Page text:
The TV features work well too, allowing you to watch and record Freeview TV programs using Windows Media Centre. There’s a separate remote control included with the DX730, but you can use the touchscreen controls here too – and I actually had a bit of a Minority Report moment when realised I could use my fingers to flick through the TV guide and other options in Windows Media Centre. I was also pleasantly surprised by the Onkyo speakers, which gave the DX730 the best sound I’ve ever heard from any all-in-one PC or Mac.
Somewhat pricey, but a decent performer overall
For a desktop PC costing £1000 should a discrete graphics processor, and possibly a quad-core i5 would not seem out of place, but no doubt the additional cost of the touchscreen has seen corners cut here. Unlike Toshiba's Qosmio branded latops, this all-in-one PC is no gaming rig, but the sleek design and the versatile multimedia features of the DX730 will appeal to many home users, especially for use in a bedroom or study where it can also double up as a TV and music system. ®
More Desktop PC Reviews
Mac Mini 2011
Toshiba Qosmio DX730 PC TV combo
The software bundle is a problem
Possibly not so much on this system, but a friend of mine bought a cheapo toshiba laptop the other day and brought it to me for fettling.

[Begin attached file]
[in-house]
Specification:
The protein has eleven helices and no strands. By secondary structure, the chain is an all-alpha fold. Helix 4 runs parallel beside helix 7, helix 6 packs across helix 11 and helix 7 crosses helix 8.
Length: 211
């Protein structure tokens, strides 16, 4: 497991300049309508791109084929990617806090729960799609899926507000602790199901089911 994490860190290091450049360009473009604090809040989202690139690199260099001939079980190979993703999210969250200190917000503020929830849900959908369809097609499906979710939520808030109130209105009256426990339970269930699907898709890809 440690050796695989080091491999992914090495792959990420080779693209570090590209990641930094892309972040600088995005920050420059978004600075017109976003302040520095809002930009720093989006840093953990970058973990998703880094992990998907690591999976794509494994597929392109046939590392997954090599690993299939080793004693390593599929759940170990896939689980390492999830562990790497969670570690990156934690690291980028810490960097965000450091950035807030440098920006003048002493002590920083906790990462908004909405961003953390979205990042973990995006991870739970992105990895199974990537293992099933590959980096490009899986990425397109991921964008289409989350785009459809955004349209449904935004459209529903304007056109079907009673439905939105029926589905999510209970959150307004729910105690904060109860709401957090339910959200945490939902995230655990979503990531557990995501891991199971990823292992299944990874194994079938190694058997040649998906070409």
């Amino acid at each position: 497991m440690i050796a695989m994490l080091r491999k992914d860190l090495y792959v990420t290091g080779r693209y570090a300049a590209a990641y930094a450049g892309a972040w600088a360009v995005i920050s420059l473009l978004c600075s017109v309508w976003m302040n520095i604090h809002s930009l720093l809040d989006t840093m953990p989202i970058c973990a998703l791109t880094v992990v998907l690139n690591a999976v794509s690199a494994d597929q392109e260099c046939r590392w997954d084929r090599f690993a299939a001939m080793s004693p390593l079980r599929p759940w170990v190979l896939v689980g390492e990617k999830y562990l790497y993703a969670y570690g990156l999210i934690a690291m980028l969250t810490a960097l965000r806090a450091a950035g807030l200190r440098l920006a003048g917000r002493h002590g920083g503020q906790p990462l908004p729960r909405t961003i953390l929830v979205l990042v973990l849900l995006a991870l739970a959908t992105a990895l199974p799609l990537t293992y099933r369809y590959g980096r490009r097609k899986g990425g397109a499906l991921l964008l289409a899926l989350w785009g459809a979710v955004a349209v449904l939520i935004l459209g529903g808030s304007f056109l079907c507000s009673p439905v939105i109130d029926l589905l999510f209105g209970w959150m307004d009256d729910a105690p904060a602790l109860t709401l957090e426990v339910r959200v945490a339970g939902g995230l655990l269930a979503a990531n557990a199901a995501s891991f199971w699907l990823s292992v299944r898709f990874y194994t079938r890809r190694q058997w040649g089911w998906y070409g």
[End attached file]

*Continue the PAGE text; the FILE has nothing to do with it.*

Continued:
Out of the box it was broken - windows 7 is fine as plain install but with the toshiba crapware installed it took over five minutes to boot to desktop and then a further 30 mins to stop auto installing stuff - three of which then auto started and then promptly crashed, freezing the screen in the process.
If I wasn't so tech savvy I would have taken it back as broken. It took me over four hours with PC de-crappifier, CC cleaner, and Windows update to get *most* of the stuff off and it's still not quite as quick as I know it should be - but of course they don't supply the media for a clean W7 install.
WAYYYYY overpriced for what it is!
But christ why has it taken so long to integrate a PC into a telly? This should have happened along time ago!
Not true for a long time...
"It’s actually configured more like a laptop – perhaps no surprise there, Apple has been doing this with iMacs for years "
All new iMacs come with 4-core Intel I5s (up to 3.1 GHz), with discrete Radeon graphics and up to 16GB memory. This isn't a laptop with a built-in large screen.
Actually it's been done a lot
For example there was the Siemens FD 204, which had both a complete TV and a complete PC in one case, you had a button to switch the monitor between both modes. The problem was it was overpriced.
Such combined PC-TVs are a fairly small market. And that market is probably only going to get smaller now that you can simply buy separate PCs you can screw onto the VESA mount on back of your TV or monitor.
Not the first desktop
Toshiba have in the past done a range of desktops, some of which where sold in the U.K. One can start off with the Equium 7000 series based on the NLX chassis released in the late 1990's. A quick Google and you can still find web pages on the Toshiba Europe website about them.